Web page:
Transit supporters bemoan bonding bill cuts

Lots of groups felt “dissed” by the governor’s line-item veto of 50 projects from the bonding bill — state colleges and universities were hard hit; civic center projects in Rochester, St. Cloud and Mankato were cut; land for trails won’t be acquired — but transit supporters were particularly unhappy.

The governor cut the entire $43.5 million Met Council transit construction program and an $8.5 million state match needed to qualify for a $45 million federal grant to convert St. Paul’s Union Depot into a transit hub.

“If there was any doubt that Gov. Pawlenty was hostile to transit, his line-item vetoes of the capital investment bill made that position definitive today,” said Senate Transit Division Chairman Scott Dibble, DFL-Minneapolis.

A coalition of transit organizations said the line-item vetoes “moves Minnesota in the wrong direction.”

“This veto stalls progress on a truly multi-modal transportation system that will drive Minnesota’s economy in the 21st century. The vetoed projects will have to move forward, if not this year, then next in order to keep the state from gridlock.” said Dave Van Hattum of Transit for Livable Communities.

The groups also said the vetoes hinder Minnesota’s ability to compete for key matching federal funds for transit ways, by cutting park-n-ride facilities along the Red Rock and I-94 corridors and transit facilities along the Cedar Avenue corridor.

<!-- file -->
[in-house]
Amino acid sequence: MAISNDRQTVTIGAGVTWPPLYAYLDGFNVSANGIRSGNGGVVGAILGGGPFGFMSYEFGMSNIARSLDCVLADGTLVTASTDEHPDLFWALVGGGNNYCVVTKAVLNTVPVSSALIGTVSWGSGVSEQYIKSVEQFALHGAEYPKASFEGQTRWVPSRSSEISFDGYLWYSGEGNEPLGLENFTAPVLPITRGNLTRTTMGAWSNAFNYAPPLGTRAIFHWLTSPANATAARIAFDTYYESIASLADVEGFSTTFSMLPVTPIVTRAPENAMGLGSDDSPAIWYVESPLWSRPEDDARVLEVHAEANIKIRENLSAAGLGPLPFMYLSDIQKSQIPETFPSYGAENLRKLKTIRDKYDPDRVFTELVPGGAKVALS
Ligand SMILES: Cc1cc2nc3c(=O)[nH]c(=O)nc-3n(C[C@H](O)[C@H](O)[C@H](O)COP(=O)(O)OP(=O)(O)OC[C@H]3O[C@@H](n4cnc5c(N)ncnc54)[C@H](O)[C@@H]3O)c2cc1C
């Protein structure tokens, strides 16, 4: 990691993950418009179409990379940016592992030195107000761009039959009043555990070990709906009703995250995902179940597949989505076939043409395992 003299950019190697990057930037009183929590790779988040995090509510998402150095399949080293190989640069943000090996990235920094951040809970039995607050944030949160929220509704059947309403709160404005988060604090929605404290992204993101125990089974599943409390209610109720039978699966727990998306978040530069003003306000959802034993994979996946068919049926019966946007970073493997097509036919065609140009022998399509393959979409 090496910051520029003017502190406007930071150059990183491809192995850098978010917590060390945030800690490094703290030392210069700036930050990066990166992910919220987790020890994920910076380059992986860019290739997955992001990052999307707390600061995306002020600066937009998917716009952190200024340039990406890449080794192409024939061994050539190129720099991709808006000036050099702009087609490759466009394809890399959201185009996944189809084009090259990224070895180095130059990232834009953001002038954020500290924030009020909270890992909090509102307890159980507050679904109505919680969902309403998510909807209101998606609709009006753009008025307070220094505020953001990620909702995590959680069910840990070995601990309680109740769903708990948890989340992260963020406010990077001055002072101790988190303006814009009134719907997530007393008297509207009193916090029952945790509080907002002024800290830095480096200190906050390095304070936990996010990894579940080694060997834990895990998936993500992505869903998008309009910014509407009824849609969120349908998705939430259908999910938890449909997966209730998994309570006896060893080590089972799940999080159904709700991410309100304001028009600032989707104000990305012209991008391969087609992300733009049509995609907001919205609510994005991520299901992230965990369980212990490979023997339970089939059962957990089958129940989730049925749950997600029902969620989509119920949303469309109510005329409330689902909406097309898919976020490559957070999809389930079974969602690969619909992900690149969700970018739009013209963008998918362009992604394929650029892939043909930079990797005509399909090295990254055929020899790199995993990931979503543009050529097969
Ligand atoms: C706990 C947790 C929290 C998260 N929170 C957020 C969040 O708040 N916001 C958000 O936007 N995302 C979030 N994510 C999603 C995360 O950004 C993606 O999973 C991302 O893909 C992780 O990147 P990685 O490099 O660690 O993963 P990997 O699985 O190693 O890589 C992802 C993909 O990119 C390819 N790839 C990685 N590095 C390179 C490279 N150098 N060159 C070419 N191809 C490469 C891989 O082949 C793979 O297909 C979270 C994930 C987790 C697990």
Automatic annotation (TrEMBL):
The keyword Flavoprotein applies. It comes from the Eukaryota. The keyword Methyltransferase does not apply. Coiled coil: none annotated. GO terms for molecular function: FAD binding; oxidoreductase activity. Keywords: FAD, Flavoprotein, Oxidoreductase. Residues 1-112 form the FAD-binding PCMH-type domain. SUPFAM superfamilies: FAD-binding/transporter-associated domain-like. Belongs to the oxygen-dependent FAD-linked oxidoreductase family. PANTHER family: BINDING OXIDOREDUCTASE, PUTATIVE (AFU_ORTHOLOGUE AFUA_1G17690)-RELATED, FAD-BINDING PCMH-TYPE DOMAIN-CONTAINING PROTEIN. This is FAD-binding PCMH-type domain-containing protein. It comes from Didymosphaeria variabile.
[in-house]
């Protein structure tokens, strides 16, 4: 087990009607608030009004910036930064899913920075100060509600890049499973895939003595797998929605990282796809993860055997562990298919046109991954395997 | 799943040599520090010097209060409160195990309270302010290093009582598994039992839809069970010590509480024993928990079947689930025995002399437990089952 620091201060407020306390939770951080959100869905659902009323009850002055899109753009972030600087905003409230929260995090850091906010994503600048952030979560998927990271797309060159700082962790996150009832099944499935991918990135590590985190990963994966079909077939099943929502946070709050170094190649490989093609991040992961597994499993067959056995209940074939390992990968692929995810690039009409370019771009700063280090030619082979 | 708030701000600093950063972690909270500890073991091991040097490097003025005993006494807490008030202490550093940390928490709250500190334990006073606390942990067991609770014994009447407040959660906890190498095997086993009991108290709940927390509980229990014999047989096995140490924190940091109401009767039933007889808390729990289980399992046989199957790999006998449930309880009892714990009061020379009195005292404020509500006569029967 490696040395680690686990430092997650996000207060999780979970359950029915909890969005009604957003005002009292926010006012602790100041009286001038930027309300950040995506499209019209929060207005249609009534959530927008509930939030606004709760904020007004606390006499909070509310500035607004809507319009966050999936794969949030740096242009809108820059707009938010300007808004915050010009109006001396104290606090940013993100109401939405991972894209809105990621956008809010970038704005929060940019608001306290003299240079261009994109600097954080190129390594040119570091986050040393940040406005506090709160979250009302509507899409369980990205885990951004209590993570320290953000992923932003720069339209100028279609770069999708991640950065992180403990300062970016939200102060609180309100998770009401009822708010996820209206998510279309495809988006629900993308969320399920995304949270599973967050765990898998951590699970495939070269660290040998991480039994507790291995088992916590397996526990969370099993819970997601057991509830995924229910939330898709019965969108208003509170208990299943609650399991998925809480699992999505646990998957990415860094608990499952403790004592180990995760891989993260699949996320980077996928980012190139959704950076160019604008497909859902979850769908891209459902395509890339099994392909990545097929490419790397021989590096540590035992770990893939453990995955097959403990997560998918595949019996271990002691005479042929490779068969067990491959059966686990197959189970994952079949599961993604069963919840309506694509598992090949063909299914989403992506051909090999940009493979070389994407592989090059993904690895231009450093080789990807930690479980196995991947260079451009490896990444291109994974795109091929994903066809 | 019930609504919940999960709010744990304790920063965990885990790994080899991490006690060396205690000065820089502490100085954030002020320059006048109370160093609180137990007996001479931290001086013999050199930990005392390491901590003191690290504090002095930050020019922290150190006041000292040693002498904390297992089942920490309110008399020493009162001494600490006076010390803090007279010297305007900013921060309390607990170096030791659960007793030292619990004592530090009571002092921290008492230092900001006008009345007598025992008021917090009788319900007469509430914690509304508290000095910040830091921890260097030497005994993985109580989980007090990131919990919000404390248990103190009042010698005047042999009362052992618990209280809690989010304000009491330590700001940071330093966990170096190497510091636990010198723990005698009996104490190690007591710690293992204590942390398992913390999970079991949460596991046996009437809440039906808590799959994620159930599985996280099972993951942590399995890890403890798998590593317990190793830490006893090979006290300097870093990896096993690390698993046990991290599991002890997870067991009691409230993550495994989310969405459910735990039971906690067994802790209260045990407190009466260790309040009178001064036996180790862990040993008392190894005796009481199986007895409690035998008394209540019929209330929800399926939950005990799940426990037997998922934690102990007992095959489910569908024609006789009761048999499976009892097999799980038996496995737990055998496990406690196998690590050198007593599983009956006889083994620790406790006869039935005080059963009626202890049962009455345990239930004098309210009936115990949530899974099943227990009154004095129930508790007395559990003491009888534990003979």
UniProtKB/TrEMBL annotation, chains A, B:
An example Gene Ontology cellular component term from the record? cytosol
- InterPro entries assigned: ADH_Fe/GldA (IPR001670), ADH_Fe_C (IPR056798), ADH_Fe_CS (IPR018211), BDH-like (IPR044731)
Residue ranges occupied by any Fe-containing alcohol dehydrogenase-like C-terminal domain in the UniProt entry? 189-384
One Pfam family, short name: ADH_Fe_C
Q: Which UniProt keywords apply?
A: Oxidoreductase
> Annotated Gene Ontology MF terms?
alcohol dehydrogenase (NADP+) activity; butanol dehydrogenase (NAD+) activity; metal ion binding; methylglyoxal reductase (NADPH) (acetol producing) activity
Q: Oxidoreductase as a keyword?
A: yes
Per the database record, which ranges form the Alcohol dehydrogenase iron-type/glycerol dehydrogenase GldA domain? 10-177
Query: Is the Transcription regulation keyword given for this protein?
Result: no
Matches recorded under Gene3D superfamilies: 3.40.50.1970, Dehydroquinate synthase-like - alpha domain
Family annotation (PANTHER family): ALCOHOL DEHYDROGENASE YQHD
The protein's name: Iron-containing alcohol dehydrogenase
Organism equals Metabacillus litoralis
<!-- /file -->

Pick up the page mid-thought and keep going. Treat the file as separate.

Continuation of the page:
Washington County Commissioner Myra Peterson said: “The existing park and rides are full. Both park and ride projects were supported by the Counties Transit Improvement Board, the Met Council, Washington and Ramsey Counties, and the communities involved.”

The Pioneer Press reports that:

Met Council Chairman Peter Bell said the veto won’t delay any of the major projects on the drawing board, including the Central Corridor light-rail line between St. Paul and Minneapolis, the Cedar Avenue high-speed bus line in Dakota County and the proposed Southwest Corridor light-rail line from downtown Minneapolis to the western suburbs.

While no current projects will “drop dead,” Bell, a Pawlenty appointee, said the transit projects that won’t be funded now will have to compete with other projects in the future. But Dibble said vetoed transit funding included Now Ramsey County officials will have to search for another source of matching funds.

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Comments (2)

  1. Submitted by Craig Westover on 03/16/2010 - 11:04 am.

    Transportation policy is not about building “a truly multi-modal transportation system”; it is about increasing mobility: Getting people from where they are to where they want to go to do what they want to do when they want to do it. Transit has a role in transportation policy only to the degree that it meets the mobility standard.

  2. Submitted by Bill Coleman on 03/16/2010 - 11:56 am.

    Let’s see. Pawlenty thinks that it is a bad idea to invest $8 million in state borrowing to be paid back over the long term to get get $45 million cash in federal funds for construction projects in St. Paul today… What an idiot! I am sure the other 49 governors are laughing while they promote their own state’s projects!

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